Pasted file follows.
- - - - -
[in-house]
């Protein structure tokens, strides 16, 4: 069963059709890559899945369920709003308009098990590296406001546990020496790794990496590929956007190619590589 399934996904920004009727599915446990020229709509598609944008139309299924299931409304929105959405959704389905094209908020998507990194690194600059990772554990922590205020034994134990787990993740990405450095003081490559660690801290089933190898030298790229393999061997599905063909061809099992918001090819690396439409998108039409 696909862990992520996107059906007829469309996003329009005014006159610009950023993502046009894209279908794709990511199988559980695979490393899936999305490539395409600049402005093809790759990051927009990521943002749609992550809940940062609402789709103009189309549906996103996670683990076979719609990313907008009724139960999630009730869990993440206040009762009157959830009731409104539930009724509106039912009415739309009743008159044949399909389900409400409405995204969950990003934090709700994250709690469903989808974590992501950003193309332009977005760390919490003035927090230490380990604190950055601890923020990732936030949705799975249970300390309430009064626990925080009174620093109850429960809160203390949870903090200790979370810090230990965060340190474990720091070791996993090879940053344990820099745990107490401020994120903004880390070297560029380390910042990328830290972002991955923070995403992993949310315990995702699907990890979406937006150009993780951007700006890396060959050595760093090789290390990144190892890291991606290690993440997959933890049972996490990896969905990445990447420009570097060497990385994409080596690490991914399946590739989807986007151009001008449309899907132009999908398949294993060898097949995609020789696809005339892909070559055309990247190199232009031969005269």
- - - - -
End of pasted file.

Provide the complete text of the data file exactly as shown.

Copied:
[in-house]
């Protein structure tokens, strides 16, 4: 069963059709890559899945369920709003308009098990590296406001546990020496790794990496590929956007190619590589 399934996904920004009727599915446990020229709509598609944008139309299924299931409304929105959405959704389905094209908020998507990194690194600059990772554990922590205020034994134990787990993740990405450095003081490559660690801290089933190898030298790229393999061997599905063909061809099992918001090819690396439409998108039409 696909862990992520996107059906007829469309996003329009005014006159610009950023993502046009894209279908794709990511199988559980695979490393899936999305490539395409600049402005093809790759990051927009990521943002749609992550809940940062609402789709103009189309549906996103996670683990076979719609990313907008009724139960999630009730869990993440206040009762009157959830009731409104539930009724509106039912009415739309009743008159044949399909389900409400409405995204969950990003934090709700994250709690469903989808974590992501950003193309332009977005760390919490003035927090230490380990604190950055601890923020990732936030949705799975249970300390309430009064626990925080009174620093109850429960809160203390949870903090200790979370810090230990965060340190474990720091070791996993090879940053344990820099745990107490401020994120903004880390070297560029380390910042990328830290972002991955923070995403992993949310315990995702699907990890979406937006150009993780951007700006890396060959050595760093090789290390990144190892890291991606290690993440997959933890049972996490990896969905990445990447420009570097060497990385994409080596690490991914399946590739989807986007151009001008449309899907132009999908398949294993060898097949995609020789696809005339892909070559055309990247190199232009031969005269």